SEC To Regulate Spending At Companies’ AGM


Nigeria’s Securities and Exchange Commission, SEC, says it is perfecting plans to create sub rules that would enhance the capital market and regulate the conduct of corporate Organizations at Annual General Meetings, AGM.

In a statement, the capital market regulator explained that the new measure is targeted at protecting investors’ interest in shoring up their earnings per share and ensuring they get more value for their investments.

The commission is proposing sundry amendments to its Rules 42 on Half-Yearly Returns, Rule 6 on Individual Sub-broker and Part N, Rule 602 on Miscellaneous.

According to the statement, the proposed amendment to Part N Rule 602 on Miscellaneous seeks to create a Sub-rule 4 and 5 that would deal with organization and conduct of annual general meetings.

SEC expressed concerns about excessive expenditure of funds by public companies on corporate gifts at AGMs which depletes their bottom lines and investors’ earnings.

“The new sub-rule specifically seeks to reduce the cost of organizing shareholder meetings, by making illegal the distribution of gifts to shareholders, observers and any other persons at annual and extraordinary general meetings.” The statement added.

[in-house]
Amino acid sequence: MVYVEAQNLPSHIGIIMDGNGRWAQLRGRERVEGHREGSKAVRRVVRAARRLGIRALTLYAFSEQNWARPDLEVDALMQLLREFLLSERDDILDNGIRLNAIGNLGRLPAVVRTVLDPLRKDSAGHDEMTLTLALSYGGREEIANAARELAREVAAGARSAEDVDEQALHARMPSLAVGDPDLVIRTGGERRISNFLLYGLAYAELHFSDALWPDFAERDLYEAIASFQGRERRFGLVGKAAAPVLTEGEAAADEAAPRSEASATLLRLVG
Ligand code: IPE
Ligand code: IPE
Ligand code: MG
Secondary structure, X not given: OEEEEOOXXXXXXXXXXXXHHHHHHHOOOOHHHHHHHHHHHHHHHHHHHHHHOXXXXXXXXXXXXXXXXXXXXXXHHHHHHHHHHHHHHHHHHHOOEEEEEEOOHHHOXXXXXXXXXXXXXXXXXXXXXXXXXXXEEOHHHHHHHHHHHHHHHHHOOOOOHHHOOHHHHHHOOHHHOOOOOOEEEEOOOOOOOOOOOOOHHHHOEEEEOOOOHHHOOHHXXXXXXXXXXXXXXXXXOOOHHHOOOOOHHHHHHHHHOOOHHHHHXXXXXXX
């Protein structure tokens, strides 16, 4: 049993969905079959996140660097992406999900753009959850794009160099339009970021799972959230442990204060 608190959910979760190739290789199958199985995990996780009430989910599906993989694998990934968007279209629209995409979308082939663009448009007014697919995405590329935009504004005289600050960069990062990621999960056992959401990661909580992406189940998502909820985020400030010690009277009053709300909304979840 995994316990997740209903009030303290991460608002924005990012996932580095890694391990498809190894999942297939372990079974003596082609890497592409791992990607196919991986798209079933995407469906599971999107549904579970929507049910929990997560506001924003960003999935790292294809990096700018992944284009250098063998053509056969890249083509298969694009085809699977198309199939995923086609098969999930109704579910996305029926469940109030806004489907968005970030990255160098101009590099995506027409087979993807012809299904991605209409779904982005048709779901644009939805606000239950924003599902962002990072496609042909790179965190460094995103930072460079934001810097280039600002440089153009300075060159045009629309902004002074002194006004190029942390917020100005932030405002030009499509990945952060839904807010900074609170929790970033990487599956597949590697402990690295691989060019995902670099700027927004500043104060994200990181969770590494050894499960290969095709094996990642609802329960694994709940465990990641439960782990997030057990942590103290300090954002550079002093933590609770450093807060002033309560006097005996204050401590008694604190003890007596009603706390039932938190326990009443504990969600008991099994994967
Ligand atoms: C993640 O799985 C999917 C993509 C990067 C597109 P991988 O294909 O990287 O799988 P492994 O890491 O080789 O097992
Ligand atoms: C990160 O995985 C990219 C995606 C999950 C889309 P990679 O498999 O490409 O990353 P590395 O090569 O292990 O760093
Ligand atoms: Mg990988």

According to SEC the new rule is also seeking to bar public companies from holding any with select group of shareholders before an Annual General Meeting or Extraordinary General Meeting.

The commission noted that “some companies arrange meetings with select groups of shareholders ahead of general meetings to discuss proposed resolutions and agree on strategies which are often detrimental to the interest of other shareholders.”

The new rules would require Public Companies to disclose some minimum corporate governance information on their websites including governance structure, composition and structure of the board, shareholding and Dividend analysis among others.

The sector regulator warned that any company in Nigeria that violates the proposed new provisions shall be liable to a penalty of not less than N10m.

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